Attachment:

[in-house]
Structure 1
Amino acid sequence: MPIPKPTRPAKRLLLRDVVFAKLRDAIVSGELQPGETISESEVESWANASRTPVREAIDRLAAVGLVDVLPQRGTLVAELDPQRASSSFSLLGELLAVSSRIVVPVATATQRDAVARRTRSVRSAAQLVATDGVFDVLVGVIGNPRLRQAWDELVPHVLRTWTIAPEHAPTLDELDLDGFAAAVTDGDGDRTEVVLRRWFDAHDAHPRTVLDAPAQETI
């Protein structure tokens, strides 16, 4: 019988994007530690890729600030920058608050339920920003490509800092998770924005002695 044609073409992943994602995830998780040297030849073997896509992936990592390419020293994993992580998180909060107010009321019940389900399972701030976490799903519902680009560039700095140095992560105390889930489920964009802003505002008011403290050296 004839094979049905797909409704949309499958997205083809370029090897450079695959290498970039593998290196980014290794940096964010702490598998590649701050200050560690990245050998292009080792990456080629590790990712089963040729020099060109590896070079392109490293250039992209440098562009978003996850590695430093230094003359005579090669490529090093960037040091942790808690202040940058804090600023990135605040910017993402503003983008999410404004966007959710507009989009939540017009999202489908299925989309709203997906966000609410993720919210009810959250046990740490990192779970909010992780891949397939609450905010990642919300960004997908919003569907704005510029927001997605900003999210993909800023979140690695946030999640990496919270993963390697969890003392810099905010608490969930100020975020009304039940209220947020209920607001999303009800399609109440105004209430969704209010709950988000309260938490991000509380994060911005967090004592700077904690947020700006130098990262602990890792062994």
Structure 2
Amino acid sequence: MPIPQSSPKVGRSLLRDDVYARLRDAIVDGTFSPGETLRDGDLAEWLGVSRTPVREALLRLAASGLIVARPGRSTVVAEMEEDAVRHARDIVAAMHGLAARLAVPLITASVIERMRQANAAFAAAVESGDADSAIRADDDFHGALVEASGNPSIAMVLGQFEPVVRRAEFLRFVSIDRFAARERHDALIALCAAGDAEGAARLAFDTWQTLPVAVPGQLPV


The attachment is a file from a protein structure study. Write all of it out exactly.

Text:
[in-house]
Structure 1
Amino acid sequence: MPIPKPTRPAKRLLLRDVVFAKLRDAIVSGELQPGETISESEVESWANASRTPVREAIDRLAAVGLVDVLPQRGTLVAELDPQRASSSFSLLGELLAVSSRIVVPVATATQRDAVARRTRSVRSAAQLVATDGVFDVLVGVIGNPRLRQAWDELVPHVLRTWTIAPEHAPTLDELDLDGFAAAVTDGDGDRTEVVLRRWFDAHDAHPRTVLDAPAQETI
């Protein structure tokens, strides 16, 4: 019988994007530690890729600030920058608050339920920003490509800092998770924005002695 044609073409992943994602995830998780040297030849073997896509992936990592390419020293994993992580998180909060107010009321019940389900399972701030976490799903519902680009560039700095140095992560105390889930489920964009802003505002008011403290050296 004839094979049905797909409704949309499958997205083809370029090897450079695959290498970039593998290196980014290794940096964010702490598998590649701050200050560690990245050998292009080792990456080629590790990712089963040729020099060109590896070079392109490293250039992209440098562009978003996850590695430093230094003359005579090669490529090093960037040091942790808690202040940058804090600023990135605040910017993402503003983008999410404004966007959710507009989009939540017009999202489908299925989309709203997906966000609410993720919210009810959250046990740490990192779970909010992780891949397939609450905010990642919300960004997908919003569907704005510029927001997605900003999210993909800023979140690695946030999640990496919270993963390697969890003392810099905010608490969930100020975020009304039940209220947020209920607001999303009800399609109440105004209430969704209010709950988000309260938490991000509380994060911005967090004592700077904690947020700006130098990262602990890792062994």
Structure 2
Amino acid sequence: MPIPQSSPKVGRSLLRDDVYARLRDAIVDGTFSPGETLRDGDLAEWLGVSRTPVREALLRLAASGLIVARPGRSTVVAEMEEDAVRHARDIVAAMHGLAARLAVPLITASVIERMRQANAAFAAAVESGDADSAIRADDDFHGALVEASGNPSIAMVLGQFEPVVRRAEFLRFVSIDRFAARERHDALIALCAAGDAEGAARLAFDTWQTLPVAVPGQLPV